ASF in the Democratic Republic of Congo

Location: Kinshasa (Kinshasa) , Bunia (Ituri), Matadi (Kongo Central), Tshikapa (Kasaï) Date of establishment: 2002 Team: 23 collaborators Contact:

General context

With a population of roughly 80,000,000, the Democratic Republic of the Congo (DRC) is the second-biggest country in Africa. Despite elections in 2006 and 2011, which were considered democratic by the international community, DRC is struggling to end the cycle of conflict. Insecurity persists in the east, where it has been maintained for more than ten years by different armed groups, which have committed serious and massive human rights violations. Fuelled by extractive activities, the illegal trade in natural resources, and endemic corruption, these conflicts have left the population in a permanent climate of instability, which has led to a serious humanitarian crisis. The conflicts and violence have spread to other provinces in the country, including Kasai Province, which has seen large-scale violence since mid-2016.

Since the end of 2016, DRC has been undergoing a new political crisis due to President Kabila remaining as head of state despite his second and final term coming to an end. Peaceful demonstrations demanding democratic change have been frequently and violently repressed by the police, the army, and the intelligence services, who carried out many arrests and kidnappings in a severe restriction of the people’s democratic freedoms.

This tense climate is made worse by a very unstable economic and social situation. DRC has been hit hard by the impact of the international economic crisis on the prices of primary materials, including mining and logging resources, the country’s main sources of economic development.

The condition of justice

Despite many efforts to address the issue, people still face major obstacles in terms of access to justice. The national conference on justice held in 2015 highlighted the many challenges of an institutional and structural, material, financial, and even sociological nature, which the national policy for justice reform adopted in May 2017 is intended to address.

Nonetheless, the budget allocated to justice is currently still far too limited, which means that the provision of justice is weak and dysfunctional. Considering the country’s immense size, geographic coverage is a key issue. Access to a lawyer, moreover, is not guaranteed. In the absence of a functional and subsidised legal aid system, the cost of a lawyer’s services is still unaffordable for most people. Moreover, most lawyers are based in big urban areas, so the majority of Congolese people have no access to their services.

Finally, there is a lack of knowledge among the people about their rights and the means of exercising them, especially in rural areas. They also express a growing mistrust of judicial institutions, due to the latent corruption of the people who work in them, the low rate of implementation of decisions, and the high economic and social cost of legal procedures. As a result, most citizens continue to turn to traditional authorities to resolve their conflicts.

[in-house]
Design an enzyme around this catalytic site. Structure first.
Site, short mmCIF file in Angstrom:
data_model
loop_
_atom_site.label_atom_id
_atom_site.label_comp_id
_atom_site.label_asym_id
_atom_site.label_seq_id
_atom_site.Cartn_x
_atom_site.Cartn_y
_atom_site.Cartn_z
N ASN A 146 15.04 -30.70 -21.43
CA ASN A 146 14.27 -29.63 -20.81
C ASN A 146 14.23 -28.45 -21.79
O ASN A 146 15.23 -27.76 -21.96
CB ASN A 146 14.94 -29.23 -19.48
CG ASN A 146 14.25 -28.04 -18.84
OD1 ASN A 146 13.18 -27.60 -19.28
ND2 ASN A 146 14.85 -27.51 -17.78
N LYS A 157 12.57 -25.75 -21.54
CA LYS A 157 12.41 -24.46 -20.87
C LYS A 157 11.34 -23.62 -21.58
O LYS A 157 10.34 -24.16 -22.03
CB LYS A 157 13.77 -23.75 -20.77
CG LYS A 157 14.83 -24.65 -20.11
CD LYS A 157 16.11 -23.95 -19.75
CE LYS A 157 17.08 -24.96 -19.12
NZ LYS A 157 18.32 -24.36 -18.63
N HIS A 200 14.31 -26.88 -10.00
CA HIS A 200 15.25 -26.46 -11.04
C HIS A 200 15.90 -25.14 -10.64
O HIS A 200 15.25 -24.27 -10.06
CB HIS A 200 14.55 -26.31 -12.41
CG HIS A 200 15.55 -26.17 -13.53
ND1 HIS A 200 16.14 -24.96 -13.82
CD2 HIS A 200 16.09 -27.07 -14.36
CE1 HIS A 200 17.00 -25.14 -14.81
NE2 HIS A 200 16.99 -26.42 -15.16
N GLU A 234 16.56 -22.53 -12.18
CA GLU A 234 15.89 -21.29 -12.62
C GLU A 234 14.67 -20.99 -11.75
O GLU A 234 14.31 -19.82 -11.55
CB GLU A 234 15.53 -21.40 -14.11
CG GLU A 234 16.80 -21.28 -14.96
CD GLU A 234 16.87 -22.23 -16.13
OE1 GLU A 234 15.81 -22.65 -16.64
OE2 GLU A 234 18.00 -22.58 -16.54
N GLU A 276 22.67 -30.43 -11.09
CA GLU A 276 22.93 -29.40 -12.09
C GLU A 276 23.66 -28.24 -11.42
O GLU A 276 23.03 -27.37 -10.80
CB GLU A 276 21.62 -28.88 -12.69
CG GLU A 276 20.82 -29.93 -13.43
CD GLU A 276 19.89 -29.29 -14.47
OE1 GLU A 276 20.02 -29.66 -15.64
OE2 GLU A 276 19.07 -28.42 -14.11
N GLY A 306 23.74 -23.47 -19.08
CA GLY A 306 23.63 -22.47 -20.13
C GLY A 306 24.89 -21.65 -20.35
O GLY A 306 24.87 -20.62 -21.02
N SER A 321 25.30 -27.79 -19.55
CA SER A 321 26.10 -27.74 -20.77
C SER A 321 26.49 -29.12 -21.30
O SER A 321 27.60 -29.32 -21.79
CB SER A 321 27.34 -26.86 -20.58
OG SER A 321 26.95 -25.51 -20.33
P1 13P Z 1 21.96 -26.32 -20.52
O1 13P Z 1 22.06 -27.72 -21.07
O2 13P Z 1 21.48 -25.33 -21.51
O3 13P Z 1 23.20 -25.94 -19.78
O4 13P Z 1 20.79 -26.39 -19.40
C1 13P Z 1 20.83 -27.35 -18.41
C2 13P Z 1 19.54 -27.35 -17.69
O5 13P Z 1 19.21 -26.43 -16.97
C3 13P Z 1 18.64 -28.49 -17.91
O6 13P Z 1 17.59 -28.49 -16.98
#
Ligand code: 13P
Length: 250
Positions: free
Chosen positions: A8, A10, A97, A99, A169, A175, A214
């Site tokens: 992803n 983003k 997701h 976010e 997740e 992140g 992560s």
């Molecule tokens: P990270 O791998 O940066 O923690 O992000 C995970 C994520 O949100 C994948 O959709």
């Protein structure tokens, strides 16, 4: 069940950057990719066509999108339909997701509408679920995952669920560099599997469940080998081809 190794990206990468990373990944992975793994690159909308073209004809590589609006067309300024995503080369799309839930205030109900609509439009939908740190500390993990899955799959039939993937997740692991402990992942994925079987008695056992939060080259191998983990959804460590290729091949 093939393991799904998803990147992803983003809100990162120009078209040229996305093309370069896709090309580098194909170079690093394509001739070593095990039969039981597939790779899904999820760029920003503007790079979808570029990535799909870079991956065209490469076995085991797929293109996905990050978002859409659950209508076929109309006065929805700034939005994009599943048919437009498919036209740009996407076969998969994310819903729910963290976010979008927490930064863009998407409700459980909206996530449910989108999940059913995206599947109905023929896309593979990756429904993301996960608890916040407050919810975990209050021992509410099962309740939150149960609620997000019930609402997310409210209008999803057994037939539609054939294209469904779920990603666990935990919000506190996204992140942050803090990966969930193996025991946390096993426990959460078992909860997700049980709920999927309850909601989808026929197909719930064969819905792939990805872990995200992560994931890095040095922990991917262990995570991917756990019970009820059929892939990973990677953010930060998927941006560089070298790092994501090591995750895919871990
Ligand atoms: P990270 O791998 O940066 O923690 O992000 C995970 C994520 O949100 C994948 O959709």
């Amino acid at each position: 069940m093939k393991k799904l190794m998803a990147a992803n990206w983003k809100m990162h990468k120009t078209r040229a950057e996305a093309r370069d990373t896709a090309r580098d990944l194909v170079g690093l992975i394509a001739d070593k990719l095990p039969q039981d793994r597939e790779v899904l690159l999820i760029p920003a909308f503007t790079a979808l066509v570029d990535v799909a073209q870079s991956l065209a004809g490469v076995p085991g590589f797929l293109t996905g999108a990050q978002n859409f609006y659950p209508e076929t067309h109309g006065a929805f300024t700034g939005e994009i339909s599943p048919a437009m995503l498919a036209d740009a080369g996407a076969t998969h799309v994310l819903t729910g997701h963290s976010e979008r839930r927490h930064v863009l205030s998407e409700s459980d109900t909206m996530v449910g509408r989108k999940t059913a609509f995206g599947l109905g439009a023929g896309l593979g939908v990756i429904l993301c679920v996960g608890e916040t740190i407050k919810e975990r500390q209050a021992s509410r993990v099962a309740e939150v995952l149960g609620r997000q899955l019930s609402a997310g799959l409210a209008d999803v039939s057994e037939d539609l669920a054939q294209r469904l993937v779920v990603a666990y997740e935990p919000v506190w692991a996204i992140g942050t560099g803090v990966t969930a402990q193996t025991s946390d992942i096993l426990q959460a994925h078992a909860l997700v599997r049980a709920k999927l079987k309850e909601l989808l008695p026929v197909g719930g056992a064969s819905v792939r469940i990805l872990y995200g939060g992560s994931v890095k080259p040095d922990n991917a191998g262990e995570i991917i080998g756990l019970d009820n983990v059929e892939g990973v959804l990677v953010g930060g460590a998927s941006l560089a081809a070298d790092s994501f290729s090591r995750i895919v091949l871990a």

March 25, 2024

Congolese civil society alarmed by the lifting of the moratorium on the death penalty

Civil society actors and international human rights organisations working in the Democratic Republic of Congo are very concerned by the decision of the government of Félix Antoine Tshisekedi Tshilombo to lift the moratorium on the execution of the death penalty, communicated by circular note No 002 of 13 March 2024. The signatory organisations deplore this decision, which violates the constitutional principle of the sanctity of human life and constitutes a major step backwards in terms of respect for human rights and democracy

Security and freedom | Congo (the Democratic Republic of the)

February 22, 2024

Ituri: Impact of the state of siege on criminal justice

En mai 2021, l’État congolais a décrété un régime exceptionnel d’état de siège dans la province de l’Ituri pour tenter de mettre fin à plus de trois décennies de violence dans la région. L’ituri est le théâtre de guerres, d’insurrections et de violents conflits armés sur fond de crise de légitimité politique, de crise identitaire et de compétition régionale autour de l’exploitation des ressources naturelles. Le présent rapport opère un état des lieux de la mise en œuvre des mesures relatives à l’état de de siège et ses impacts délétères sur les droits des populations et sur la justice

Access to justice and development | Security and freedom | Sexual violence | Victim’s rights | Congo (the Democratic Republic of the)

February 20, 2024

ExPEERience #13: Rendering justice without courts? Experiences of community justice in Ituri

At this ExPEErience Talk, Julien Moriceau and Janvier Digital Koko Kirusha from INANGA, and Johnny Lobho Lamula from ASF in the DRC, will present a study on community justice in Ituri, which will be published in the coming days.

Access to justice and development | Local justice | Congo (the Democratic Republic of the)


March 22, 2024

(French) Congolese civil society alarmed by the lifting of the moratorium on the death penalty

Economic, social and cultural rights | Security and freedom | Torture | Congo (the Democratic Republic of the) | Press Release

February 20, 2024

(French) Impact of the state of siege on criminal justice in Ituri

Access to justice and development | Security and freedom | Congo (the Democratic Republic of the) | Study-Report

December 6, 2023

Ezekere case – Military Court upholds convictions and grants full exemption from legal costs to victims, a first in Ituri

International justice | Sexual violence | Transitional justice | Congo (the Democratic Republic of the) | Press Release